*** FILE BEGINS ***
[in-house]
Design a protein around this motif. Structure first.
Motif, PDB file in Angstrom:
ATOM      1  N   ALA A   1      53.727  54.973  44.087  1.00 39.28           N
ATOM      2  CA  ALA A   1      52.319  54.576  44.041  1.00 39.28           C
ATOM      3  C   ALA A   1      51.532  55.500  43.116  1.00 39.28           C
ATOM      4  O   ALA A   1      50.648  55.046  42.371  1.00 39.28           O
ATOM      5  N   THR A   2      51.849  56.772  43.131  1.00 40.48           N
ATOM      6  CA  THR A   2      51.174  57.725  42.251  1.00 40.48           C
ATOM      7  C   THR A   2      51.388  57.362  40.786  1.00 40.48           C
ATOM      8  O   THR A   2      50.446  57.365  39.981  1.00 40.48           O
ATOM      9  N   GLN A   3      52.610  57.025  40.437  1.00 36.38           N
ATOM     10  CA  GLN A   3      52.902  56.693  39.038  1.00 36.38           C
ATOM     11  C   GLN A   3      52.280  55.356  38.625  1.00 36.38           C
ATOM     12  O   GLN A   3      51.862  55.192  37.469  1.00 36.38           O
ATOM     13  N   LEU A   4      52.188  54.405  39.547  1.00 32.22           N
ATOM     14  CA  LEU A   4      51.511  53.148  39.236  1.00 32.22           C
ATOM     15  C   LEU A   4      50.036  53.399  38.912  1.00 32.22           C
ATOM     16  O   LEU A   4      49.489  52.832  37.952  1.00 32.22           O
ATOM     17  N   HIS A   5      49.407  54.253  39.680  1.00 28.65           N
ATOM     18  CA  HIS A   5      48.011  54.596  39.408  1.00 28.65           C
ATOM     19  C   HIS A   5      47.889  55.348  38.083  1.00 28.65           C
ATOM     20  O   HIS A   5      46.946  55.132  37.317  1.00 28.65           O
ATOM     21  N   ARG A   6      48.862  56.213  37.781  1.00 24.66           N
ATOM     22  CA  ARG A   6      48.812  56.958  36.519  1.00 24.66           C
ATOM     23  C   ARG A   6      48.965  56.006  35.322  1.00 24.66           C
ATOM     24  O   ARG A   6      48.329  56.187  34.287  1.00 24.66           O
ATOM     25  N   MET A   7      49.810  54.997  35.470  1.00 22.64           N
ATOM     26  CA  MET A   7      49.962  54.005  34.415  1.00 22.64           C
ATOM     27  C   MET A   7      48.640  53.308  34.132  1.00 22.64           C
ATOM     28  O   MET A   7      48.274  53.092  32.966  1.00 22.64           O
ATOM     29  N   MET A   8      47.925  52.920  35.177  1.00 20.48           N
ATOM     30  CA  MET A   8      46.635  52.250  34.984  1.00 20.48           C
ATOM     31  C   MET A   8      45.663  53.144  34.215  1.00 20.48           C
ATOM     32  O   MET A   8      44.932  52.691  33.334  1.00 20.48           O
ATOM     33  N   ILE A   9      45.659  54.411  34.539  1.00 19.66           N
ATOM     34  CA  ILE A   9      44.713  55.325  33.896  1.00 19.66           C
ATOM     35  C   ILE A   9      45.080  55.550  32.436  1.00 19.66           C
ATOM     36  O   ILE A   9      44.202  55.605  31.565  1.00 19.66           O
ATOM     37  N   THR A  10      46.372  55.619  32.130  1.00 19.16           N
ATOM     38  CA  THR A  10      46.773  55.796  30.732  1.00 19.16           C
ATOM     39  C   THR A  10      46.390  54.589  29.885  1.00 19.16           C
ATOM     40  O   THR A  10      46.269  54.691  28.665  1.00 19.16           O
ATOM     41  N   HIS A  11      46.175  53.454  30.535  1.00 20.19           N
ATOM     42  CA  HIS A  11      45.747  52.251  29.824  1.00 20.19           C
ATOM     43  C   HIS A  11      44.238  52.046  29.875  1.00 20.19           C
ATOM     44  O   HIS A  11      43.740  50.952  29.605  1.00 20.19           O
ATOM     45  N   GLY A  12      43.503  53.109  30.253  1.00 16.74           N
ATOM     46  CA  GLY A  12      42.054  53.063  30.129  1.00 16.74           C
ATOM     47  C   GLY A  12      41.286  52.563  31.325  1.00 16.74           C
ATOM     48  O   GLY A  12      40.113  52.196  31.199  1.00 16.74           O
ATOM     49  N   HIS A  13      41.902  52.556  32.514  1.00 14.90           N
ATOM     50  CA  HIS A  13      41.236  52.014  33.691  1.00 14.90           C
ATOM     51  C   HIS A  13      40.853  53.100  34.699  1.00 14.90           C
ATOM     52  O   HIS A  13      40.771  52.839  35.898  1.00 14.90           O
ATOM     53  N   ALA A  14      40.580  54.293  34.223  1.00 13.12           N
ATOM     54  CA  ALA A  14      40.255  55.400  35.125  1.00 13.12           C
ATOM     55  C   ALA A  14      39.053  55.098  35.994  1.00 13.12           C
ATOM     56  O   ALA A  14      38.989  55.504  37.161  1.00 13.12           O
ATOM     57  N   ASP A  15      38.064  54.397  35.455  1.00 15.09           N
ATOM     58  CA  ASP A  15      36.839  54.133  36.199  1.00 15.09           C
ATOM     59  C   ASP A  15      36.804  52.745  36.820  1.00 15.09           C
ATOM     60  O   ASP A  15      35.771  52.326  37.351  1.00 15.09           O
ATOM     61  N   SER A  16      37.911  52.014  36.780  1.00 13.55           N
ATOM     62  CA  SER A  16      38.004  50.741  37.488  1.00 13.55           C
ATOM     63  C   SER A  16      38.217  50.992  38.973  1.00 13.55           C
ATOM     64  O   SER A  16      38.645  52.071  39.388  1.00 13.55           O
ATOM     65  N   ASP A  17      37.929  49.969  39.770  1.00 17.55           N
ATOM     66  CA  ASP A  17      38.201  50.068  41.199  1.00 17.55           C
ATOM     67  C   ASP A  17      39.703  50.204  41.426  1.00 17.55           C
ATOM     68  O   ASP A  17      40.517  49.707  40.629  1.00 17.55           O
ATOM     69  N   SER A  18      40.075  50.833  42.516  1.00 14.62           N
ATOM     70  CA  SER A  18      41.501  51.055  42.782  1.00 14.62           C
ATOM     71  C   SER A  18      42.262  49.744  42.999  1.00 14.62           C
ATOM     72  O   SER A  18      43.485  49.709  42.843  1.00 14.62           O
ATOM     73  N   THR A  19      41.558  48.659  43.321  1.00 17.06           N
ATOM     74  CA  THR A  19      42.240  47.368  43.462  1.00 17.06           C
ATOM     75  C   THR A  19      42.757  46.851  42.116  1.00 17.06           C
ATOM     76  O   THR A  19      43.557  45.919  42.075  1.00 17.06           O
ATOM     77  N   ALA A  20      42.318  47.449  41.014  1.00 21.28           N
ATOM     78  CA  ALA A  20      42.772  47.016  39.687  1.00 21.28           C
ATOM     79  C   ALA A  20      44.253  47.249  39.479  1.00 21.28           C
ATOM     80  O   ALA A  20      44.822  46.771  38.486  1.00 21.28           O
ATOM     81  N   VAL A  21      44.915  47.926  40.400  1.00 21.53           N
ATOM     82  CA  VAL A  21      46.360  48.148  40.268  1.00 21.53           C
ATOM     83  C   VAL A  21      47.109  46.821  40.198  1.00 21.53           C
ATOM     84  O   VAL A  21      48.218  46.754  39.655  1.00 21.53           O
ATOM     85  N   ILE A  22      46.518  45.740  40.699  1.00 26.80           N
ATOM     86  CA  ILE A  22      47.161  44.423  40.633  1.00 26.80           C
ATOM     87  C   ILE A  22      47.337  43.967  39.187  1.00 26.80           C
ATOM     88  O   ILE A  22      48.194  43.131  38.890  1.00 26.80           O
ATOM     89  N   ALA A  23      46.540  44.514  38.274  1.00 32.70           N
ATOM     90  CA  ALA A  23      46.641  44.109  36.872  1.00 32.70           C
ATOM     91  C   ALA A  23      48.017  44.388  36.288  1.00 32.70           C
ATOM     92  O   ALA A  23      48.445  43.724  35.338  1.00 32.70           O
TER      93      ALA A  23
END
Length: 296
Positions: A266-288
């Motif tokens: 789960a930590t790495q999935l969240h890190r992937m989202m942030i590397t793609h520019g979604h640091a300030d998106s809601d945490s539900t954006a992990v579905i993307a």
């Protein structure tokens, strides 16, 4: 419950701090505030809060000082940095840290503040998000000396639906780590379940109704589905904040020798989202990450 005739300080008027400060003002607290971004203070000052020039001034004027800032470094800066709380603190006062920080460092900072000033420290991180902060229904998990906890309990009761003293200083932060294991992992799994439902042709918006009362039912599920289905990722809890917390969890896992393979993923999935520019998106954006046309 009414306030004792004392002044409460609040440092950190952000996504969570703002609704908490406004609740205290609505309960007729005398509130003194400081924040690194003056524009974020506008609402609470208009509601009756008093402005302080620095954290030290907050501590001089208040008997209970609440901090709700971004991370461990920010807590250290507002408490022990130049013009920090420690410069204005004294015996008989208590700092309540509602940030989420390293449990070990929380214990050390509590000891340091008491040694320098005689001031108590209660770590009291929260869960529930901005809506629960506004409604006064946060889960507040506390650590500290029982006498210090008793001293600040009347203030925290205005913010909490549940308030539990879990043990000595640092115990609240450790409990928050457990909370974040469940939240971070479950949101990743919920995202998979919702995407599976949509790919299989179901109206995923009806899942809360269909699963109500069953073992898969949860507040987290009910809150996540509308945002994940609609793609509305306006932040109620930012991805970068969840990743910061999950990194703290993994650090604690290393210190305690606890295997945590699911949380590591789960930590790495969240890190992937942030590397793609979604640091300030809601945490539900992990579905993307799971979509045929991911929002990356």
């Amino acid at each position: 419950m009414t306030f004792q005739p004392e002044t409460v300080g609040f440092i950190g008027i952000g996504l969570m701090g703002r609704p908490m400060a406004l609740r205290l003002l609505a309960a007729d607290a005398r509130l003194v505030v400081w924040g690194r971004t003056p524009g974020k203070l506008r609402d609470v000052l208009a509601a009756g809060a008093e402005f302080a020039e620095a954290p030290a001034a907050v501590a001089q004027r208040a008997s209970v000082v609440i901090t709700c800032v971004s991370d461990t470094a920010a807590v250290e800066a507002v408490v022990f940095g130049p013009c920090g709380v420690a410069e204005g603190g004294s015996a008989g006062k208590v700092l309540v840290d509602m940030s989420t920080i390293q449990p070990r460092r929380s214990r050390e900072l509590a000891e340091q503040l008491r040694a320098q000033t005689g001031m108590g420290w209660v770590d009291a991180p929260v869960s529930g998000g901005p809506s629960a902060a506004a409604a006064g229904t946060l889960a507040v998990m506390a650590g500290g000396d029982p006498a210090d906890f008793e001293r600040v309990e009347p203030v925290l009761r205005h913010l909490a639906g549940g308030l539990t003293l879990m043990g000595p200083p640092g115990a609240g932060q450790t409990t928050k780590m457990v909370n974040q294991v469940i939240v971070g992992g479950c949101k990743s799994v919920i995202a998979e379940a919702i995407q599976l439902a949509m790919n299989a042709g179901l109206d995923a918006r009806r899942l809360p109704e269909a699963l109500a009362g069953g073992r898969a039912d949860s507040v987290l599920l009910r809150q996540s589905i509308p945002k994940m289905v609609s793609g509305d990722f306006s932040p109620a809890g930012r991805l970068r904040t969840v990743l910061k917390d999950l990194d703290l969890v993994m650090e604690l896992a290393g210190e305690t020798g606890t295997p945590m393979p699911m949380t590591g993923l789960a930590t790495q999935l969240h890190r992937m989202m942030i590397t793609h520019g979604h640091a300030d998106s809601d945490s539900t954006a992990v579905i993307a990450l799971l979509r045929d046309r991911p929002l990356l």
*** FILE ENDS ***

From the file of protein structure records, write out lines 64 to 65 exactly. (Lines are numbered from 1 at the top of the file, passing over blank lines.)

ATOM     61  N   SER A  16      37.911  52.014  36.780  1.00 13.55           N
ATOM     62  CA  SER A  16      38.004  50.741  37.488  1.00 13.55           C